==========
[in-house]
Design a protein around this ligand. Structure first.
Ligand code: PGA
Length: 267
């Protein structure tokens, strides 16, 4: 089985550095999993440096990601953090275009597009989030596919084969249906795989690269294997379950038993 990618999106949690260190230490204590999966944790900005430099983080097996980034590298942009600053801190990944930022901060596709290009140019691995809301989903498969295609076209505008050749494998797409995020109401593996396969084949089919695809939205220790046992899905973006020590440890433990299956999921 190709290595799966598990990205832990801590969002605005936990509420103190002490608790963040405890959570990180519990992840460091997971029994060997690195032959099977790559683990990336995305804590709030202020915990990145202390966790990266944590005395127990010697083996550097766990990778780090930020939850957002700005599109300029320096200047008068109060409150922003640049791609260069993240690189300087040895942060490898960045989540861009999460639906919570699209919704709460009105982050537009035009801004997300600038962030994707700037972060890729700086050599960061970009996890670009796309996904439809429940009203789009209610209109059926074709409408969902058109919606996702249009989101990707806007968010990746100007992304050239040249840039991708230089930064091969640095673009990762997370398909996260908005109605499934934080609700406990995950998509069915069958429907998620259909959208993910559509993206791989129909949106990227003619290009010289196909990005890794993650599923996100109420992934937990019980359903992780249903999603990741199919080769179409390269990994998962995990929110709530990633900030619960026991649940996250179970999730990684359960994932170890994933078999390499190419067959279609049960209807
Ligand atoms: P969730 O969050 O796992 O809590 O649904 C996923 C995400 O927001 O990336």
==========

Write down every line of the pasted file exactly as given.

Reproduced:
[in-house]
Design a protein around this ligand. Structure first.
Ligand code: PGA
Length: 267
């Protein structure tokens, strides 16, 4: 089985550095999993440096990601953090275009597009989030596919084969249906795989690269294997379950038993 990618999106949690260190230490204590999966944790900005430099983080097996980034590298942009600053801190990944930022901060596709290009140019691995809301989903498969295609076209505008050749494998797409995020109401593996396969084949089919695809939205220790046992899905973006020590440890433990299956999921 190709290595799966598990990205832990801590969002605005936990509420103190002490608790963040405890959570990180519990992840460091997971029994060997690195032959099977790559683990990336995305804590709030202020915990990145202390966790990266944590005395127990010697083996550097766990990778780090930020939850957002700005599109300029320096200047008068109060409150922003640049791609260069993240690189300087040895942060490898960045989540861009999460639906919570699209919704709460009105982050537009035009801004997300600038962030994707700037972060890729700086050599960061970009996890670009796309996904439809429940009203789009209610209109059926074709409408969902058109919606996702249009989101990707806007968010990746100007992304050239040249840039991708230089930064091969640095673009990762997370398909996260908005109605499934934080609700406990995950998509069915069958429907998620259909959208993910559509993206791989129909949106990227003619290009010289196909990005890794993650599923996100109420992934937990019980359903992780249903999603990741199919080769179409390269990994998962995990929110709530990633900030619960026991649940996250179970999730990684359960994932170890994933078999390499190419067959279609049960209807
Ligand atoms: P969730 O969050 O796992 O809590 O649904 C996923 C995400 O927001 O990336």